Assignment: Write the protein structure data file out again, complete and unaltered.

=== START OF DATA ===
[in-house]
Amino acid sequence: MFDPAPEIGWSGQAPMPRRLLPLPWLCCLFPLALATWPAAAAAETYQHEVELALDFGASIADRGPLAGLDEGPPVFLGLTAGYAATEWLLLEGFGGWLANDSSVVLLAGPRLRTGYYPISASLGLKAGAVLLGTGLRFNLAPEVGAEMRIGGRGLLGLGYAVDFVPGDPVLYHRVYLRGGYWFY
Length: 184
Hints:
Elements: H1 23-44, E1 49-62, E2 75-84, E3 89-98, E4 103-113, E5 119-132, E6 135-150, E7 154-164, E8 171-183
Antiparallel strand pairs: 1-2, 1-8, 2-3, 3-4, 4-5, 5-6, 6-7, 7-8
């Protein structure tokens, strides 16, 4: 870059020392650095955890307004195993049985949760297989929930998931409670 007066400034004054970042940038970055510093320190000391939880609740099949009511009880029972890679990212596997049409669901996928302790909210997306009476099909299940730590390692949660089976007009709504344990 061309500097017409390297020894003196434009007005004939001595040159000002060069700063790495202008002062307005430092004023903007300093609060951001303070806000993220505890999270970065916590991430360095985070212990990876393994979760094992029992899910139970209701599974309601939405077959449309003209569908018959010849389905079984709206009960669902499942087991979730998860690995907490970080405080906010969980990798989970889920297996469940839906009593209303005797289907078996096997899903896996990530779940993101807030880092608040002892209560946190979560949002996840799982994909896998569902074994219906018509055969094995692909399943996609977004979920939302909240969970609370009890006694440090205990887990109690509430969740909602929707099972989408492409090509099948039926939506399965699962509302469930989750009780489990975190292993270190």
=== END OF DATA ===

[in-house]
Amino acid sequence: MFDPAPEIGWSGQAPMPRRLLPLPWLCCLFPLALATWPAAAAAETYQHEVELALDFGASIADRGPLAGLDEGPPVFLGLTAGYAATEWLLLEGFGGWLANDSSVVLLAGPRLRTGYYPISASLGLKAGAVLLGTGLRFNLAPEVGAEMRIGGRGLLGLGYAVDFVPGDPVLYHRVYLRGGYWFY
Length: 184
Hints:
Elements: H1 23-44, E1 49-62, E2 75-84, E3 89-98, E4 103-113, E5 119-132, E6 135-150, E7 154-164, E8 171-183
Antiparallel strand pairs: 1-2, 1-8, 2-3, 3-4, 4-5, 5-6, 6-7, 7-8
């Protein structure tokens, strides 16, 4: 870059020392650095955890307004195993049985949760297989929930998931409670 007066400034004054970042940038970055510093320190000391939880609740099949009511009880029972890679990212596997049409669901996928302790909210997306009476099909299940730590390692949660089976007009709504344990 061309500097017409390297020894003196434009007005004939001595040159000002060069700063790495202008002062307005430092004023903007300093609060951001303070806000993220505890999270970065916590991430360095985070212990990876393994979760094992029992899910139970209701599974309601939405077959449309003209569908018959010849389905079984709206009960669902499942087991979730998860690995907490970080405080906010969980990798989970889920297996469940839906009593209303005797289907078996096997899903896996990530779940993101807030880092608040002892209560946190979560949002996840799982994909896998569902074994219906018509055969094995692909399943996609977004979920939302909240969970609370009890006694440090205990887990109690509430969740909602929707099972989408492409090509099948039926939506399965699962509302469930989750009780489990975190292993270190």